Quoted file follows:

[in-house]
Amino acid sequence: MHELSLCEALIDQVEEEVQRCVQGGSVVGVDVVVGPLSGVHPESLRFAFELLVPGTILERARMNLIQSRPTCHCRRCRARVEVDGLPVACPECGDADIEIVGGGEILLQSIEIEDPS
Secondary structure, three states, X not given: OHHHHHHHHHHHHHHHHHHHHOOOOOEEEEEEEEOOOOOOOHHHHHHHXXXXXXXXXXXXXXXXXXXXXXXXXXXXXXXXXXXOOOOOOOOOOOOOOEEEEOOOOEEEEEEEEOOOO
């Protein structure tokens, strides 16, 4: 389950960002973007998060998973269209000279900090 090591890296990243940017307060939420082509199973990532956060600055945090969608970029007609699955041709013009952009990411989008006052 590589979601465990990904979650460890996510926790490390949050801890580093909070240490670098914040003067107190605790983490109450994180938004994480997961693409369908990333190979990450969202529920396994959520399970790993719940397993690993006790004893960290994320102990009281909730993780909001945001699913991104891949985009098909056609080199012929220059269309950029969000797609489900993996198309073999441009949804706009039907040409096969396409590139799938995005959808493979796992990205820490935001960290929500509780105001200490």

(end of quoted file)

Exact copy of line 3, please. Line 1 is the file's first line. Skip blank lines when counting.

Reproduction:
Secondary structure, three states, X not given: OHHHHHHHHHHHHHHHHHHHHOOOOOEEEEEEEEOOOOOOOHHHHHHHXXXXXXXXXXXXXXXXXXXXXXXXXXXXXXXXXXXOOOOOOOOOOOOOOEEEEOOOOEEEEEEEEOOOO